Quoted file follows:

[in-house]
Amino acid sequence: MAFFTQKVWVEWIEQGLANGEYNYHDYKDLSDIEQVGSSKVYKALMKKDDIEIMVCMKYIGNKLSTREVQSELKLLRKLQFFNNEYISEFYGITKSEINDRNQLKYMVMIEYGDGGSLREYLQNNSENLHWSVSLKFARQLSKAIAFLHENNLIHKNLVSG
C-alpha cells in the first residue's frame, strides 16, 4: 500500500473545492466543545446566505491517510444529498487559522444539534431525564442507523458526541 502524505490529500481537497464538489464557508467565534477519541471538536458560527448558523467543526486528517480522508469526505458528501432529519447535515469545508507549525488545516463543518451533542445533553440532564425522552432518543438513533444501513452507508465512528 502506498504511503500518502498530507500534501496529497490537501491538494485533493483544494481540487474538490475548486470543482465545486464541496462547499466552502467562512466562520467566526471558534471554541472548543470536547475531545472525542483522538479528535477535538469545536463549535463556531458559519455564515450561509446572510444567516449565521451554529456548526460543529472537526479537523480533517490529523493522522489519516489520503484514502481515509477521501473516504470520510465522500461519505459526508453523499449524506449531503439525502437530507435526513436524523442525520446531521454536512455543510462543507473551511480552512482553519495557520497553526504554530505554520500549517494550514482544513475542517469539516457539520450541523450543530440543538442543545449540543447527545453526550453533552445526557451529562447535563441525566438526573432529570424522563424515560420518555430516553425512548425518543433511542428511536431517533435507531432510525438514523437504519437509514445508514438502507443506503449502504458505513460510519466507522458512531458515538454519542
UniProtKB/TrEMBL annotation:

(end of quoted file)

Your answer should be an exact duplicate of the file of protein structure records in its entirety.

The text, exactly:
[in-house]
Amino acid sequence: MAFFTQKVWVEWIEQGLANGEYNYHDYKDLSDIEQVGSSKVYKALMKKDDIEIMVCMKYIGNKLSTREVQSELKLLRKLQFFNNEYISEFYGITKSEINDRNQLKYMVMIEYGDGGSLREYLQNNSENLHWSVSLKFARQLSKAIAFLHENNLIHKNLVSG
C-alpha cells in the first residue's frame, strides 16, 4: 500500500473545492466543545446566505491517510444529498487559522444539534431525564442507523458526541 502524505490529500481537497464538489464557508467565534477519541471538536458560527448558523467543526486528517480522508469526505458528501432529519447535515469545508507549525488545516463543518451533542445533553440532564425522552432518543438513533444501513452507508465512528 502506498504511503500518502498530507500534501496529497490537501491538494485533493483544494481540487474538490475548486470543482465545486464541496462547499466552502467562512466562520467566526471558534471554541472548543470536547475531545472525542483522538479528535477535538469545536463549535463556531458559519455564515450561509446572510444567516449565521451554529456548526460543529472537526479537523480533517490529523493522522489519516489520503484514502481515509477521501473516504470520510465522500461519505459526508453523499449524506449531503439525502437530507435526513436524523442525520446531521454536512455543510462543507473551511480552512482553519495557520497553526504554530505554520500549517494550514482544513475542517469539516457539520450541523450543530440543538442543545449540543447527545453526550453533552445526557451529562447535563441525566438526573432529570424522563424515560420518555430516553425512548425518543433511542428511536431517533435507531432510525438514523437504519437509514445508514438502507443506503449502504458505513460510519466507522458512531458515538454519542
UniProtKB/TrEMBL annotation: